2. The Clean Shares sold by a broker-dealer will not include any form of distribution-related payment to the broker-dealer,
  3. The fund’s prospectus will disclose that an investor transacting in Clean Shares may be required to pay a commission to a broker-dealer and, if applicable, that shares of the fund are available in other share classes that have different fees and expenses,
  4. The nature and amount of the commissions and the times at which they would be collected would be determined by the broker-dealer consistent with the broker-dealer’s obligations under applicable law, including but not limited to applicable FINRA and Department of Labor rules, and
  5. Purchases and redemptions of Clean Shares will be made at net asset value established by the fund (before imposition of a commission).

Importantly, in a footnote to representation #2, the staff stated that “This letter does not address the effect under section 22(d) of a broker-dealer receiving revenue sharing payments from the fund’s adviser.” This point is discussed below.

Based on the foregoing, the SEC staff agreed that Section 22(d) does not apply to a broker-dealer when, as agent on behalf of its customers, the broker-dealer charges its customers commissions for effecting transactions in Clean Shares of a fund. In addition, the staff agreed that Section 22(d) does not prohibit a principal underwriter of Clean Shares from entering into a selling agreement with a broker-dealer under these circumstances.

Discussion.

1940 Act. The conditions of the Letter are consistent with the conditions in prior no-action letters (summarized in the bullet points above):

  • Clean Shares do not generate fund-imposed sales loads or distribution payments that a broker’s transaction fee or commission can duplicate.
  • Each broker-dealer will determine the commission and fees it charges its customers apart from the fund complexes.
  • The Clean Shares’ prospectus will disclose the existence of potential broker fees or commissions and the possibility of avoiding these charges by dealing directly with a fund.

Thus, the Letter is a logical extension of the prior no-action letters, and it eliminates any uncertainty regarding the potential application of Section 22(d) in the circumstances described in the Letter. For this reason, the Letter is likely to drive demand by broker-dealers for funds with a class of shares that qualify as Clean Shares.

The Letter expressly takes no position with respect to whether the staff believes that a broker-dealer’s receipt of revenue sharing payments would disqualify the broker-dealer from the Letter’s scope. As discussed below, many broker-dealers that rely on the Letter are likely to rely on DOL Rule compliance strategies that prohibit the receipt of Third Party Payments, including revenue sharing payments for retirement accounts. A broker-dealer that instead contemplates receiving revenue sharing payments may desire to focus special attention on whether the receipt of such payments in connection with Clean Shares for retirement accounts is consistent with the terms of the Letter, the BIC Exemption and their DOL Rule compliance strategy.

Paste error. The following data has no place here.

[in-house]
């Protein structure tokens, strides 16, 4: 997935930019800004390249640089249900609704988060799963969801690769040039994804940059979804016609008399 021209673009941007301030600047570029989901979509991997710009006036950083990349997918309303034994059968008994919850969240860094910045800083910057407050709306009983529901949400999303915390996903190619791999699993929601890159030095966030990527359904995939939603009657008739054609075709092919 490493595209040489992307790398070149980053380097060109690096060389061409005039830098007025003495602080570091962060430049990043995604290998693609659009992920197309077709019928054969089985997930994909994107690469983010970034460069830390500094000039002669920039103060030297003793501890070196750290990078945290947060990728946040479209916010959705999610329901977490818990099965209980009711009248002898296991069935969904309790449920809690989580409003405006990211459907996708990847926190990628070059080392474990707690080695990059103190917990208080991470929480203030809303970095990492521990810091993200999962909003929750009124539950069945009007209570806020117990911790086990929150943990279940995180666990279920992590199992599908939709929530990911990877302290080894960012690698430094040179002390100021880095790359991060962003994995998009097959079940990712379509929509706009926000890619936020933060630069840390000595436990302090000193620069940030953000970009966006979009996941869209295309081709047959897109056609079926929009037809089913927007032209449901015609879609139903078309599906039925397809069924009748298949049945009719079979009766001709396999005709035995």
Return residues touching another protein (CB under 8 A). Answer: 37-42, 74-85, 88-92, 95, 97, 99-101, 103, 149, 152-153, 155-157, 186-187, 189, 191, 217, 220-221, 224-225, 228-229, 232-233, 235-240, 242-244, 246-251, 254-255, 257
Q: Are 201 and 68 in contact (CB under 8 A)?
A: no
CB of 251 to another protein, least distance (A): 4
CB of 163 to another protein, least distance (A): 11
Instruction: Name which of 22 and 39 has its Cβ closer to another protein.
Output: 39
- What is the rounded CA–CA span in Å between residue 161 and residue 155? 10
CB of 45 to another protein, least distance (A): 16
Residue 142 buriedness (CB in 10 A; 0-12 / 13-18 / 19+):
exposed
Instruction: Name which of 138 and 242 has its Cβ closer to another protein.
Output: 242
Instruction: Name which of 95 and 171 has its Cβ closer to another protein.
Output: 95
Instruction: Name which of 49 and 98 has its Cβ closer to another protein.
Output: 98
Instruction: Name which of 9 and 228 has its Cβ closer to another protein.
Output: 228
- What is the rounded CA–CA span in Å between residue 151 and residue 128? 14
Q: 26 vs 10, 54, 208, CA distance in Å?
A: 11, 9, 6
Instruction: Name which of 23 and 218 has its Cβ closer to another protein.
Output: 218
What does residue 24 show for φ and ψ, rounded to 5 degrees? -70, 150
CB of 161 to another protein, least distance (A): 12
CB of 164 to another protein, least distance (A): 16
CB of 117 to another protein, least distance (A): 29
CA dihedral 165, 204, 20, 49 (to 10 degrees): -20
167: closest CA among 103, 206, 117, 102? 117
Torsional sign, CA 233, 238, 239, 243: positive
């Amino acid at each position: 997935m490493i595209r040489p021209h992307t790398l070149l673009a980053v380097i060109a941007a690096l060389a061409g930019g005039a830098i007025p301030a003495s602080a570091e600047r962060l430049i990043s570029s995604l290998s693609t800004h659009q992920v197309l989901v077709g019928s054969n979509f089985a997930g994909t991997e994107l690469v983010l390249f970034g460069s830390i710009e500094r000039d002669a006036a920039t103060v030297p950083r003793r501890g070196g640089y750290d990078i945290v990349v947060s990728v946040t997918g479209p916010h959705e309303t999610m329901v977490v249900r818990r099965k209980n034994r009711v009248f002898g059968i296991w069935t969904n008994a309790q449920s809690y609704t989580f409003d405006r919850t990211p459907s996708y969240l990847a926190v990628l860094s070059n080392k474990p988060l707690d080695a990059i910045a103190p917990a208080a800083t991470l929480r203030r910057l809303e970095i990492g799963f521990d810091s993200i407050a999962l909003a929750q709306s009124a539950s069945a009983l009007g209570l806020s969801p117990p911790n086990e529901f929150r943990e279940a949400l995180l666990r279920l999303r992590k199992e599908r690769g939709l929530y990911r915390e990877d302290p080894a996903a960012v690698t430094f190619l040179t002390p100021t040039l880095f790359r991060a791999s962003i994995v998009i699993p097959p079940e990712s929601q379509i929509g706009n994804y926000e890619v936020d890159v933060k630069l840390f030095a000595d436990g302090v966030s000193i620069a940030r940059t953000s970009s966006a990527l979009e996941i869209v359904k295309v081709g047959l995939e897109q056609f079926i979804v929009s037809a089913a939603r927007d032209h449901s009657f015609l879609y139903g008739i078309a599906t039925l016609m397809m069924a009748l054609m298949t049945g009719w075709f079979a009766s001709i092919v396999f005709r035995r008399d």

The Letter also does not mention fund payments for sub-transfer agency and recordkeeping services paid to broker-dealers that have a selling agreement with a fund complex’s principal underwriter (“sub-accounting fees”). Provided the sub-accounting fees are not hidden payments for distribution in guise, under the terms of the Letter, the fees should not interfere with a class of shares being deemed Clean Shares. However, the DOL has made it clear that sub-accounting fees are Third Party Payments, along with revenue sharing, 12b-1 fees, distribution fees, payments for seminars, and a variety of similar items. Such Third Party Payments require special attention to ensure compliance with the terms of the BIC Exemption and the broker-dealer’s DOL Rule compliance strategy.

DOL Rule Compliance. A significant number of broker-dealers have publicly announced that they will retain commission-based accounts for retirement investors.3 Clean Shares are expected to be especially helpful to broker-dealers that want to offer commission-based advice to clients, while relying on the so-called “regular” Best Interest Contract Exemption. To rely on the regular BIC Exemption, a broker-dealer may not offer Proprietary Products to clients or receive Third Party Payments with respect to those clients’ assets (including in connection with selling shares to small plan and IRA clients), as those terms are defined by the DOL. Broker-dealers that offer Proprietary Products or receive Third Party Payments must comply with significant additional requirements to rely on the BIC Exemption.

Clean Shares appear to be tailor-made for a broker-dealer offering commission-based advice to retirement investors and relying on the regular BIC Exemption. Clean Shares permit this type of broker-dealer to create its own commission and transaction fee schedule based on the services the broker-dealer provides. Because this type of broker-dealer will be able to charge a client similar commissions or transaction fees regardless of the products recommended and would not accept Third-Party Payments, compliance with the DOL’s Impartial Conduct Standards is likely to be less burdensome than it would be if, instead, the broker-dealer received variable one-time sales loads/fees. Moreover, this type of broker-dealer can use the commission or transaction fees charged to clients to replace some or all of the compensation that it would have received from a fund or its sponsor in connection with the sales of other classes of shares.

SEC Guidance Update. Finally, the Letter follows on the heels of the December 2016 Guidance Update titled, Mutual Fund Fee Structures (described in Ropes & Gray’s Alert available here). The Guidance Update, which also was driven by the DOL Rule, focuses on disclosure issues and procedural requirements arising from (i) funds offering intermediary-specific variations (including waivers) of their sales loads, and (ii) funds offering a new share class. Therefore, funds wishing to launch a class of Clean Shares will want to consider the Guidance Update.